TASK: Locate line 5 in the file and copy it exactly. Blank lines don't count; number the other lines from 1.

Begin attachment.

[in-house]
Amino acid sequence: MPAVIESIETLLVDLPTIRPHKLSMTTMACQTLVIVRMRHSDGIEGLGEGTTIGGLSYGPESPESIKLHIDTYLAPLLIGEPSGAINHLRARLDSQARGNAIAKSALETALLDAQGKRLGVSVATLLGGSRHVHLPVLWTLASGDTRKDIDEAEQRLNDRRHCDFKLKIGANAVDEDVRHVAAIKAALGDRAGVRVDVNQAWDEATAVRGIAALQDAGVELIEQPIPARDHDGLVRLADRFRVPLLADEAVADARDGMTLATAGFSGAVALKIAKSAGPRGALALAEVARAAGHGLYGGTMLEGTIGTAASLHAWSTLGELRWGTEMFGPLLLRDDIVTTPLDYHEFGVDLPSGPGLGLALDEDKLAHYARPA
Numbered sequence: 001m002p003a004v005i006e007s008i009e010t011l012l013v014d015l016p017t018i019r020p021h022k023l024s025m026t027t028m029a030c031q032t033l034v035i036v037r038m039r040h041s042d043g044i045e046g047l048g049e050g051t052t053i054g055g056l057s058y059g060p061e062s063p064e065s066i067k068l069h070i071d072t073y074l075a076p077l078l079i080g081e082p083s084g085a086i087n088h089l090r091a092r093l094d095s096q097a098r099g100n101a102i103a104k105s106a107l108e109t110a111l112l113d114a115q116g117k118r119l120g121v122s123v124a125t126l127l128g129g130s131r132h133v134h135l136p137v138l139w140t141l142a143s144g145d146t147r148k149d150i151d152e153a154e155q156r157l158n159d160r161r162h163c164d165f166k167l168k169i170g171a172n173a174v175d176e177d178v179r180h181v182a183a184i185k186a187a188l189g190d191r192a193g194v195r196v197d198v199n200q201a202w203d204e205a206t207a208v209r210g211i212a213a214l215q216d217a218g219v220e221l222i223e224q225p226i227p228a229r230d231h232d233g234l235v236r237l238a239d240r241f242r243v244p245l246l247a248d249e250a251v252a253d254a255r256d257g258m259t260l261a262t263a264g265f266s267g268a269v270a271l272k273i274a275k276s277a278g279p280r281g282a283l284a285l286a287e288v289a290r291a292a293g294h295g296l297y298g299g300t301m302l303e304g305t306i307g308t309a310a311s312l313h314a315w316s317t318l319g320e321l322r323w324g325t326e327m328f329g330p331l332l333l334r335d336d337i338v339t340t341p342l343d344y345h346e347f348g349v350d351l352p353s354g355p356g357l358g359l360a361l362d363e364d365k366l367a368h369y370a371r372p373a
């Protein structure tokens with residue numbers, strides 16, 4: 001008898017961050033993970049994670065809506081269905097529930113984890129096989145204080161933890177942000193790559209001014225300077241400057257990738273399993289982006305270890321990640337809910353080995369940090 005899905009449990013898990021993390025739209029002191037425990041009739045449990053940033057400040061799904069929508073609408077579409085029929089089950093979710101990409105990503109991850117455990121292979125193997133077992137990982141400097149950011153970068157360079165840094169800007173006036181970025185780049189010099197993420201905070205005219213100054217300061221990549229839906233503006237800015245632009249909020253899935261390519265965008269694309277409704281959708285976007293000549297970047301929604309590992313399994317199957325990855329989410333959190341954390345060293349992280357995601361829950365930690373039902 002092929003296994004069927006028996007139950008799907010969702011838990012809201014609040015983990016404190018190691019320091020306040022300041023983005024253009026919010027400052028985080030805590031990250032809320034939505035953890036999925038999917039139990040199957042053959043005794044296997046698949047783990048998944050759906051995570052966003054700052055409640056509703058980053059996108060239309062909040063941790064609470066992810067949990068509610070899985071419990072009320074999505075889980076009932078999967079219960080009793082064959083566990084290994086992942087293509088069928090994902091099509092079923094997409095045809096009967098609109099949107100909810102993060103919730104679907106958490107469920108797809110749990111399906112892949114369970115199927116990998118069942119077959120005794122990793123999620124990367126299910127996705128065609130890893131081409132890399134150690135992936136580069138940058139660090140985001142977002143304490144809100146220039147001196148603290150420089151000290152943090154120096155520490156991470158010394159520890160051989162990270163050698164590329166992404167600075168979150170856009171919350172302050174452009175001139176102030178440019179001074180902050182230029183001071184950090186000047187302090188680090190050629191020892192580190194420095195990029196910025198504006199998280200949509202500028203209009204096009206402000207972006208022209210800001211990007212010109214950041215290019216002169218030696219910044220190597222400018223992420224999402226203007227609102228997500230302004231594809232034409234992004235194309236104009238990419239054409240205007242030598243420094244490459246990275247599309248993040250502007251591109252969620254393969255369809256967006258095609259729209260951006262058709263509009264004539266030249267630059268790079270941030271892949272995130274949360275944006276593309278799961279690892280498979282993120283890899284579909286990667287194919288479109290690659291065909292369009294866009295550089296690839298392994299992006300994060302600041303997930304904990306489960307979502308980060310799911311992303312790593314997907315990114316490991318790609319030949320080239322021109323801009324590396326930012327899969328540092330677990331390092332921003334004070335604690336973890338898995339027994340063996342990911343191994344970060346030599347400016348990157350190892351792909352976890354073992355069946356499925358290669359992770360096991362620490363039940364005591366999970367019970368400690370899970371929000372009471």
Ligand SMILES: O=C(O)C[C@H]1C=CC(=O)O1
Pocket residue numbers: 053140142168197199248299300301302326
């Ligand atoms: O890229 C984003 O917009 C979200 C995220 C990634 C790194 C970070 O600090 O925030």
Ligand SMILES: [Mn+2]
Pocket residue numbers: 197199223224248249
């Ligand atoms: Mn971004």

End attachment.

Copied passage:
Ligand SMILES: O=C(O)C[C@H]1C=CC(=O)O1